MANCHESTER - After she lost a leg in the Boston Marathon bombing, Heather Abbott thought she'd never wear high heels again, even though her mobility was partially restored thanks to a prosthetic leg from Next Step Bionics and Prosthetics.
On Thursday, the Rhode Island woman was measured for her new high-definition silicone "cover" - a combination of craftsmanship and advanced technology that replicates a human leg, and it's been specifically designed to accommodate high heels.
She's thrown out the first pitch at Fenway, met backstage with Beyonce and been featured on the cover of People magazine, but the thrill of knowing she would soon have a leg that matches her biological leg was obvious as she greeted a gaggle of media at Next Step's offices in the Manchester Millyard.
Television crews and reporters from throughout New England were on hand to witness the fitting, shaping and refitting of the foam cover that will be used by technicians at Dorset Orthopedic in England to sculpt a block of silicone into a prosthetic covering that mirrors Abbott's biological leg.
Dorset gained international notoriety when amputee Heather Mills, a Dorset patient and former wife of Paul McCartney, was a contestant on "Dancing with the Stars'' in 2007 with her lifelike prosthesis cover.
"They are literally handmade out of a block of silicone by fine art students, and are hand-painted from the inside to recreate the translucence of skin," said Matthew Albuquerque, Next Step president and a certified prosthetist. "They are almost small pieces of art to a certain degree."
And at $20,000 average cost, they are not covered by insurance.
"It's considered cosmetic, a luxury, unfortunately," Albuquerque said, "but for someone like Heather, it's not a luxury, it's what she always had."
Poised and determined
Abbott, 38, works in human resources for Raytheon at offices in Portsmouth, R.I., and recently returned to work part-time.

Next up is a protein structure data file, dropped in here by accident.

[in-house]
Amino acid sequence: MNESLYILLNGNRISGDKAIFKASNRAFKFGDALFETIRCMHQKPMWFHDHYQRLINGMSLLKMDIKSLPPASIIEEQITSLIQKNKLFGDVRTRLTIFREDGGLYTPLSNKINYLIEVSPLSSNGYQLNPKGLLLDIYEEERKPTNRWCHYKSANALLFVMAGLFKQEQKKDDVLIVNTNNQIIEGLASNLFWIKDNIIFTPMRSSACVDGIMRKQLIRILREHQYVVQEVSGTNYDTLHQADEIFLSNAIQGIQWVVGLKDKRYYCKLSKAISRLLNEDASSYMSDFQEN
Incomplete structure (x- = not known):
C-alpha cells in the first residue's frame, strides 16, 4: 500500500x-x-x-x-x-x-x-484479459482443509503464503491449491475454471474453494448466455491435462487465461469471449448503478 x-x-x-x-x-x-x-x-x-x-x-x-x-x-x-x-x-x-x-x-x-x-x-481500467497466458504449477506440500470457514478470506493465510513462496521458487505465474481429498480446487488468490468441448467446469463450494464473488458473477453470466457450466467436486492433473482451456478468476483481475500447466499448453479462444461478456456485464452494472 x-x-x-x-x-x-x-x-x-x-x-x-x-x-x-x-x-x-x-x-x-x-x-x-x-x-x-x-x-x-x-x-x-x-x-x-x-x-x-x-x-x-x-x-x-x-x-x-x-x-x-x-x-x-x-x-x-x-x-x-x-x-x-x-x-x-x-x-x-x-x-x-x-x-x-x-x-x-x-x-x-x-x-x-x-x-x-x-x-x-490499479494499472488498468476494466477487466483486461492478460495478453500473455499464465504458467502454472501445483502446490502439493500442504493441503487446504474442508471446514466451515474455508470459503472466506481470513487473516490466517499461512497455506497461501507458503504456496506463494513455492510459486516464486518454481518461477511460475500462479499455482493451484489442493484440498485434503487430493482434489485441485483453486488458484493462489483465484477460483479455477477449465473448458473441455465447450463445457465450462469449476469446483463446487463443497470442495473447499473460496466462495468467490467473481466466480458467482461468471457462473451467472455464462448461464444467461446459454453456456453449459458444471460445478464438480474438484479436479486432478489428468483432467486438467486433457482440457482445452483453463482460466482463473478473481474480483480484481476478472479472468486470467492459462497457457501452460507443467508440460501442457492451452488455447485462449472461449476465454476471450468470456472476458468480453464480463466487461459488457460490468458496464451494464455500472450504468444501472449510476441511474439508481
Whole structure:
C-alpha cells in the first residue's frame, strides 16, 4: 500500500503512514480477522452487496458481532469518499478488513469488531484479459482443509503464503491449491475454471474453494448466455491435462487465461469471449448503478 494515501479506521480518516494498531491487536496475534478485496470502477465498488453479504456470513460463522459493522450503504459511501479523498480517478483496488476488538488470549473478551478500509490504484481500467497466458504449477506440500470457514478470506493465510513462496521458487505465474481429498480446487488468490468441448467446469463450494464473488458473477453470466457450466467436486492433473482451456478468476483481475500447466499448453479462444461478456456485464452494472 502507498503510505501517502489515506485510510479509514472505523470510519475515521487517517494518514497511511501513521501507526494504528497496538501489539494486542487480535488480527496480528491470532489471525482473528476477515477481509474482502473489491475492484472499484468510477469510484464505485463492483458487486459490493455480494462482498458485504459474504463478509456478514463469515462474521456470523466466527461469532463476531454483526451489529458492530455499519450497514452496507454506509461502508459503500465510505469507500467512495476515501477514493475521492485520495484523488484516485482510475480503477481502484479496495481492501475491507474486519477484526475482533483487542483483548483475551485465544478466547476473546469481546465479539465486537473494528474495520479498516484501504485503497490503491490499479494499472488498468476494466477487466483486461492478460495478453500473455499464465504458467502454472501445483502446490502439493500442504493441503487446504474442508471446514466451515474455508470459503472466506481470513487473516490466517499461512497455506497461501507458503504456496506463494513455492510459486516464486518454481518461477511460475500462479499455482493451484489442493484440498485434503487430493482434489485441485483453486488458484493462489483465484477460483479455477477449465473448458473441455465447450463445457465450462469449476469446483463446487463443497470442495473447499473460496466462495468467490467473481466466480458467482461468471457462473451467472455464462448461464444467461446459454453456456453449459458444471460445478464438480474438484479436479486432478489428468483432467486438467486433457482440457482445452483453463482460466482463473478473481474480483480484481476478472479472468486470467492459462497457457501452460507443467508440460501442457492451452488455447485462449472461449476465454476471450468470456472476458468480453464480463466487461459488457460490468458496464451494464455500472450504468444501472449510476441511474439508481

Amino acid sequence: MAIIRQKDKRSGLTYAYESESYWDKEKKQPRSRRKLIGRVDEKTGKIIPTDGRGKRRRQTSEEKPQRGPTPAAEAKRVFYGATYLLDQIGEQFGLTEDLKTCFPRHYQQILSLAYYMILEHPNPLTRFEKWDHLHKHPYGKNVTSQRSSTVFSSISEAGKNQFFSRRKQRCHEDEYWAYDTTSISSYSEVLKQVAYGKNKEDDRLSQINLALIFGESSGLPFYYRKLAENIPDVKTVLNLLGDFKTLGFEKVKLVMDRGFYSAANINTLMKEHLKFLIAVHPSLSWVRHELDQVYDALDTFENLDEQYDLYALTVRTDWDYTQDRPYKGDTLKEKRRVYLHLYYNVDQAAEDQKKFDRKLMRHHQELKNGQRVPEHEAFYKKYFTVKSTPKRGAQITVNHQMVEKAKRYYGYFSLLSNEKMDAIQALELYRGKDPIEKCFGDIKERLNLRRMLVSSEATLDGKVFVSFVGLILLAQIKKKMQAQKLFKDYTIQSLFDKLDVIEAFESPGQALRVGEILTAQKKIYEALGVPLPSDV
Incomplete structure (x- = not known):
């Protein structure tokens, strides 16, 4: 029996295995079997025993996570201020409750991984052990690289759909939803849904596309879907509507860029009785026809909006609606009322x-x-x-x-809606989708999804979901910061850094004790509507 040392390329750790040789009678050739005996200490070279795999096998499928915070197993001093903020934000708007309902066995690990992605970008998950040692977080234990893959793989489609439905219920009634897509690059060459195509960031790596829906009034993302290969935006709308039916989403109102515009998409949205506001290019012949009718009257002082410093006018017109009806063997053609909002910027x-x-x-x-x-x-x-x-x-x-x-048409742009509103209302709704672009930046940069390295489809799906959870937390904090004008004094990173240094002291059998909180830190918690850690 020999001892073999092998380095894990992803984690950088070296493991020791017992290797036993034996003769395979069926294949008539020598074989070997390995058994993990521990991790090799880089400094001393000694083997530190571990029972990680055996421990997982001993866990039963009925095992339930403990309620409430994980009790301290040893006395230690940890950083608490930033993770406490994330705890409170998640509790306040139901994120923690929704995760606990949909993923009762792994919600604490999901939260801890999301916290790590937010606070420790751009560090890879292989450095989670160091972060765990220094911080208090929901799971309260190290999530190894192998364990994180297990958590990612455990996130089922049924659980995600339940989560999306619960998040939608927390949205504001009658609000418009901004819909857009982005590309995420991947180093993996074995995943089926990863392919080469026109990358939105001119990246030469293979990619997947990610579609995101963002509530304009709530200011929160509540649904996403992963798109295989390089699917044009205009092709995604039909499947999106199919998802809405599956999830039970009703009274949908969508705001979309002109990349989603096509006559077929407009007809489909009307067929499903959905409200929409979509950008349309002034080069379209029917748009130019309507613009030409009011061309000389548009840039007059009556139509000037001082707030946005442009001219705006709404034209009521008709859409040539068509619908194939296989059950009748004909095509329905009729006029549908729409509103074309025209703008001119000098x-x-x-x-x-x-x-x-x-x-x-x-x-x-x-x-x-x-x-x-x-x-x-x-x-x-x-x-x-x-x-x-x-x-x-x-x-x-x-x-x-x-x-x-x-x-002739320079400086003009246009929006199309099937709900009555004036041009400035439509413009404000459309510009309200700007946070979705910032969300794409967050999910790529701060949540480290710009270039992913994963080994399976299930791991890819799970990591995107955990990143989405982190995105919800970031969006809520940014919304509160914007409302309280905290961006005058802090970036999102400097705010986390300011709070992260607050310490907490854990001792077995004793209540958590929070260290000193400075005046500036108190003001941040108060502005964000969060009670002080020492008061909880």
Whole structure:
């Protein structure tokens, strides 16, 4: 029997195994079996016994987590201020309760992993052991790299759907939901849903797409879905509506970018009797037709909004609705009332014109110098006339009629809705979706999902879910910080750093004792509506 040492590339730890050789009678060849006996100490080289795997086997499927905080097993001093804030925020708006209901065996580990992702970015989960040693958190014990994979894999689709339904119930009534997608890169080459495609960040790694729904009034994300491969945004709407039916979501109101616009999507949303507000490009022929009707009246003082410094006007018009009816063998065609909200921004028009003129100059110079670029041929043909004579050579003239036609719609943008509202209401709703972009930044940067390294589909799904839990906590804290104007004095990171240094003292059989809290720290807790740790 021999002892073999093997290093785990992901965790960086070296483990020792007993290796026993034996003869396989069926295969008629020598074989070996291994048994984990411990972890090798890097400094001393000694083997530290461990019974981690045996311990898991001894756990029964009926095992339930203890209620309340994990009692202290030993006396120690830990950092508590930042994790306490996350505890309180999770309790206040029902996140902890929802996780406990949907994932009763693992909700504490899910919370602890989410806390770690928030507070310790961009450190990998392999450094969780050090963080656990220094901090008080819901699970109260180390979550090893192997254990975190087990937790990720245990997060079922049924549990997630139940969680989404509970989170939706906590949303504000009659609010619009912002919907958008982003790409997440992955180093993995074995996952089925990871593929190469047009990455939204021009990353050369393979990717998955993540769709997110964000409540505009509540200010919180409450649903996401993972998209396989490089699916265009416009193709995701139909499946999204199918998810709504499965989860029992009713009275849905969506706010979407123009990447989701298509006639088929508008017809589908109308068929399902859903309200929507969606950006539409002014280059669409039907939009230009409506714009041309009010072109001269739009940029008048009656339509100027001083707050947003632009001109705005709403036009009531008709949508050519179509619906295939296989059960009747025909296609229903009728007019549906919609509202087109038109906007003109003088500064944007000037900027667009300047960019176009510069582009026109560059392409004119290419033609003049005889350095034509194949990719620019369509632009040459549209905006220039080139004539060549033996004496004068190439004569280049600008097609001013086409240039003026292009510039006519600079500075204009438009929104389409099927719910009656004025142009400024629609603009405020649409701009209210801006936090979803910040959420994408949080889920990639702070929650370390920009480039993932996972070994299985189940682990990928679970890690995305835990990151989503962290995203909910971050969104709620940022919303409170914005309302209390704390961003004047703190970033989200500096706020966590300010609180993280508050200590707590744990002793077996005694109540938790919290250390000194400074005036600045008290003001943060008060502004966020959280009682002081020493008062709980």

She was poised and showed no difficulty walking as she entered the exam room at Next Step to be measured and fitted by Dave Newman, production supervisor.
"When I first got my initial leg, it was really big and bulky; it hurt a lot to put it on, and I couldn't walk on it," she said. "It was kind of disappointing. It's certainly gotten better since then, but that was my first moment of realizing it's never going to be my leg."
After a series of measurements, Newman took the foam cover to a small machine shop to shave and shape it to the precise form, after which Abbott stood for another round of testing in 4-inch heels. In all, she spent about two hours at the Manchester office, until Newman and Albuquerque were convinced they had the exact model needed for shipping to England. The finished product is expected back in a month or two.
Albuquerque said Next Step, which also has offices in Warwick, R.I., and Newton, Mass., is one of only two companies that Dorset has partnered with in the United States.
Next Step is working with seven of the 16 bombing victims who lost a limb.
"This technology will not get her back to the real thing, but pretty close," he said. "There's no way Heather would be at this point without some good prosthetic care, but also her fantastic attitude, her persistence, and diligence to move forward."
Raising money online
That persistence was on display recently when Abbott used a water-proof prosthetic covering to do some paddle-boarding. As she gets more comfortable with the prosthetic limb, she is anxious for the lifelike covering to arrive.
"I want it to look as much like my own leg as possible," she said.
"I had my first experience with having an exposed leg while paddle-boarding, and even though the covering I have is flesh-colored and somewhat cosmetic, it's not like the leg I am getting. I'll feel more comfortable with something that is not as recognizable."
As Albuquerque checked out her walking and waterproof prosthetic covers, Abbott discussed the costs of her treatment and fundraising efforts that are underway on her behalf. She has health insurance and help from the One Fund Boston, but she is facing a lifetime of prosthetic-related expenses.
The Heather Abbott Recovery Fund has raised more than $186,000 on the crowd-sourcing website gofundme.com, with 2,405 people contributing in the four months since the bombing.
Insurance companies have promised that all survivors will have all the care they need, according to the Washington Post, but time will tell.
"We'll have to see if they walk the walk," Albuquerque said. "No pun intended."